You may be wondering what this whole Fashion Revolution thing is all about. In the past week, we saw many selfies on Instagram with clothes worn inside out, labels showing – with a caption reading: #whomademyclothes.
Have you ever wondered who made your clothes? We often pay for our favourite brands, utterly unaware of their production conditions. Many of us don’t even think twice about how the resources got there, who made them, and what cost. The point of Fashion Revolution Day is to remind and encourage us to take the time to think about these critical issues.
Fashion Revolution: How it All Happened
It happened on April 24th, 2013. Then, “1 134 people were killed, and over 2,500 were injured when the Rana Plaza complex collapsed in Dhaka, Bangladesh.” And this is how Fashion Revolution was born. As a way to say “never again.”
But the reality is that many of the brands and companies we admire and support aren’t always responsible and ethical. So it’s up to us to educate ourselves, really know the brands we buy, research their mission and vision – and demand that they can tell us who makes their clothes.
The social media campaign in the last week demonstrated individual concerns. Demanding to know who makes our clothes is a significant step forward into a compassionate world for those who work in the industry. As consumers, we need to understand what takes place at every step, from who grows the cotton to who dyes the fabric to who makes the clothes.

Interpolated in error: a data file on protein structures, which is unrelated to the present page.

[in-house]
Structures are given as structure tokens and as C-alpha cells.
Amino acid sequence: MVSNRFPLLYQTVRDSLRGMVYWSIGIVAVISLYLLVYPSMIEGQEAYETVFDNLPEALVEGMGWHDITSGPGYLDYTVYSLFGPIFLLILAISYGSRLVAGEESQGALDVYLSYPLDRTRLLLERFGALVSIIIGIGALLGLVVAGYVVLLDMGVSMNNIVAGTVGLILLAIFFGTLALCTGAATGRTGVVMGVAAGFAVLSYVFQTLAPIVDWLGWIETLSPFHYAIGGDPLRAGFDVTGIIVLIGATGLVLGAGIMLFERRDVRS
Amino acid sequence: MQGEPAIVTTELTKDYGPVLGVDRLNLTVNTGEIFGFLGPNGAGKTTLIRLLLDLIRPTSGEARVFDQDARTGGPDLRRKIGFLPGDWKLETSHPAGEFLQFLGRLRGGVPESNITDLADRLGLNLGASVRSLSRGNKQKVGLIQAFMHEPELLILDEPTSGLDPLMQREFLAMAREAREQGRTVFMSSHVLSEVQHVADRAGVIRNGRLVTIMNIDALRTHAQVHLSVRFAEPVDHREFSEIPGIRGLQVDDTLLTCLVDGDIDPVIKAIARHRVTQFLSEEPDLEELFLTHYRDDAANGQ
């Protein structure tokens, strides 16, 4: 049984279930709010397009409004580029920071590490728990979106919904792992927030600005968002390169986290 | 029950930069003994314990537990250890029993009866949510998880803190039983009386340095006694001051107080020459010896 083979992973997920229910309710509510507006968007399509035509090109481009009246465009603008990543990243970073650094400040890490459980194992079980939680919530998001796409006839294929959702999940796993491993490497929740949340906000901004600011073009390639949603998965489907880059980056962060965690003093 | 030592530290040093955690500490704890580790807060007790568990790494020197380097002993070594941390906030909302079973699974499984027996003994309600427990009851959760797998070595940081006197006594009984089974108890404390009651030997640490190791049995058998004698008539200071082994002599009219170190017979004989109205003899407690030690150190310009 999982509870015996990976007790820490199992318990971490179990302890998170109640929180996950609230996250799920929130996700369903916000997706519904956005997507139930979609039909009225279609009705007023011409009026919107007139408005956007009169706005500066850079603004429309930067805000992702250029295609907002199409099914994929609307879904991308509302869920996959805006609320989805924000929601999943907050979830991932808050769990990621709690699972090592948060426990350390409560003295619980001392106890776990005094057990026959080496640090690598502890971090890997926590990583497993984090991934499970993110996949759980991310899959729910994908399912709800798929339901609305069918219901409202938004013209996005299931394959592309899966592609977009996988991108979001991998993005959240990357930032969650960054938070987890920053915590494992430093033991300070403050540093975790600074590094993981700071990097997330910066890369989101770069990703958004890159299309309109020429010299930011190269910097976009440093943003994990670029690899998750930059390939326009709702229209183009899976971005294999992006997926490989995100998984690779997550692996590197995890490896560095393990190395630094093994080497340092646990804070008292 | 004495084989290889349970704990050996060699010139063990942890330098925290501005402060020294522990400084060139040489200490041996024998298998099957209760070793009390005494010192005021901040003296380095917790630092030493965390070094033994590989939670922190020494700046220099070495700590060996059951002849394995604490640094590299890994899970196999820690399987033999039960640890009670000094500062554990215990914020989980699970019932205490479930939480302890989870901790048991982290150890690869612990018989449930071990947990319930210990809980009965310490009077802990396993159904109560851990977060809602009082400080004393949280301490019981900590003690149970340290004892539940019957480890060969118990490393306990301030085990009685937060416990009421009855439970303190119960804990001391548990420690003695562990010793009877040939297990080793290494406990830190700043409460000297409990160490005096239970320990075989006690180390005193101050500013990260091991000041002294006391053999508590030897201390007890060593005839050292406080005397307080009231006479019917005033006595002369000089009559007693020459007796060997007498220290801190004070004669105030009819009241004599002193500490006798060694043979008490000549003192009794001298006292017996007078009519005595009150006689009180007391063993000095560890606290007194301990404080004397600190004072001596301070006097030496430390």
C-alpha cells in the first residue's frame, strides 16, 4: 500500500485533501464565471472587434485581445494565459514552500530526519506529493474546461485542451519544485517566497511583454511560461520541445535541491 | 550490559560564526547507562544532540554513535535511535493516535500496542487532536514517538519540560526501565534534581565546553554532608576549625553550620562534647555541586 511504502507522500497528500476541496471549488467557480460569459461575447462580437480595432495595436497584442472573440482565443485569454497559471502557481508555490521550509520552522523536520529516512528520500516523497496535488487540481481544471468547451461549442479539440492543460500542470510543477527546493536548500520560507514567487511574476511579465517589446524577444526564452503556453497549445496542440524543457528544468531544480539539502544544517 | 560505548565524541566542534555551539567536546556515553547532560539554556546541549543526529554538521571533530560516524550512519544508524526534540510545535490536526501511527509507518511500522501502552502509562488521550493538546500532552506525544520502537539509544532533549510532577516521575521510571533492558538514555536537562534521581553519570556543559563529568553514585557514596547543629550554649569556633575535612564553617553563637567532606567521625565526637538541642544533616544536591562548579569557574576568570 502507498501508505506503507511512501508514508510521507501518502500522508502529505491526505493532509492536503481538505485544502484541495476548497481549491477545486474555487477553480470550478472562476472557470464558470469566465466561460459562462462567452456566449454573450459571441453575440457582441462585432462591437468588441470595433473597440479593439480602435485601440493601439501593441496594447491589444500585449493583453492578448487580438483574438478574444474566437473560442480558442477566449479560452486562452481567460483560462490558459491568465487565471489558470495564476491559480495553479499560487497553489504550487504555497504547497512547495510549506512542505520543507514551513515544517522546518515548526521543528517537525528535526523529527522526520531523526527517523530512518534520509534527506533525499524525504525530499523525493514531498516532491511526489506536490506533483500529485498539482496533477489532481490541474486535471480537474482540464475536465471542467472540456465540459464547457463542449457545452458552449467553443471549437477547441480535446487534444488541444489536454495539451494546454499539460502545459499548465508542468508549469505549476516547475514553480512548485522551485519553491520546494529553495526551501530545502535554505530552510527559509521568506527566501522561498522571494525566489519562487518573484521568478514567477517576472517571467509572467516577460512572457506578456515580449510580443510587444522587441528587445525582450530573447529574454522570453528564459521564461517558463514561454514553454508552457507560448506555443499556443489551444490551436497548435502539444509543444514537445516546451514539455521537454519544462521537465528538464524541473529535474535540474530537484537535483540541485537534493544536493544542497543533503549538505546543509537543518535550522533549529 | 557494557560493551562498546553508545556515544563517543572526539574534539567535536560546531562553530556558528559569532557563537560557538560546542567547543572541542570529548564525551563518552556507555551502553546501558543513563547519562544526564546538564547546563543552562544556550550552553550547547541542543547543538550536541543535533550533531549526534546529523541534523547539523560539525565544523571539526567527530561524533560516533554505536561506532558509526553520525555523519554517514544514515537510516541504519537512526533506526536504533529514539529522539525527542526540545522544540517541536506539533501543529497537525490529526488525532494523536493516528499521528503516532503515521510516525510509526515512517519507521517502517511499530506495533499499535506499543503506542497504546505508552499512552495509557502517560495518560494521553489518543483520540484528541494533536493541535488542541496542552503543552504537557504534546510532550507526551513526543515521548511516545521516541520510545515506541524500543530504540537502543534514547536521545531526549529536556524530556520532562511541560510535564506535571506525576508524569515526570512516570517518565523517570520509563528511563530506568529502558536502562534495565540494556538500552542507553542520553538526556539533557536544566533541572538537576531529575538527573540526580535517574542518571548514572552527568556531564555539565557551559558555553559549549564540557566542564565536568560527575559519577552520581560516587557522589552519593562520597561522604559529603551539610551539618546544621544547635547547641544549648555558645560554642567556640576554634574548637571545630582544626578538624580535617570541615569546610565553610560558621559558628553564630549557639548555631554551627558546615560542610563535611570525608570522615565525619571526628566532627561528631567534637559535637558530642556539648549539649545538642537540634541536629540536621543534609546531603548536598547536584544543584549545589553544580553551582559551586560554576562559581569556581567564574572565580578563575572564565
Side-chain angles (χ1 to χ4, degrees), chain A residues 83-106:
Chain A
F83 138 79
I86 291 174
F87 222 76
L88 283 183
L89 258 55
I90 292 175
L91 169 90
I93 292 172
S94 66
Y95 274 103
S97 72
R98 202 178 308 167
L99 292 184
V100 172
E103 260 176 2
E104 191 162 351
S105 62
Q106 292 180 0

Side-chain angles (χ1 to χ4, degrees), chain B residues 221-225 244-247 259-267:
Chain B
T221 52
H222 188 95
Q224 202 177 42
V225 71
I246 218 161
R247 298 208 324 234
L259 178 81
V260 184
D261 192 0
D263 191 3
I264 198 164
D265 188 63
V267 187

Counter-Cultural: Demanding Fair Fashion
The fashion and clothing industry isn’t innocent at all. We must ask the big questions that many brands and companies try to deter us from. Take a look at our previous blog to learn about the “Truth behind the Fashion Industry.” Here, we talk about the chemicals and toxins you’re constantly exposed to because of the synthetic materials used to make clothes. We also discuss how human life and dignity are often at risk. And if things couldn’t get any worse, the fashion industry would be responsible for air pollution and environmental degradation.
But it’s not all bad news. So many brands go against the grain. Companies whose mission and vision is a world that produces responsible, slow, minimal fashion. These brands care about human conditions, the rights of animals, the state of the planet and your health.
So, we’re not suggesting you give up on fashion altogether. But we’re saying let’s start interrogating the industry. Start asking questions, challenging the standards, and working and hoping for a better world. In other words, let’s welcome a fashion revolution. Human dignity, safety and life are at risk, and it’s our responsibility and moral obligation to care.
Don’t forget to comment below to share your favourite ethical brands with us. Got any questions? We’re here to answer.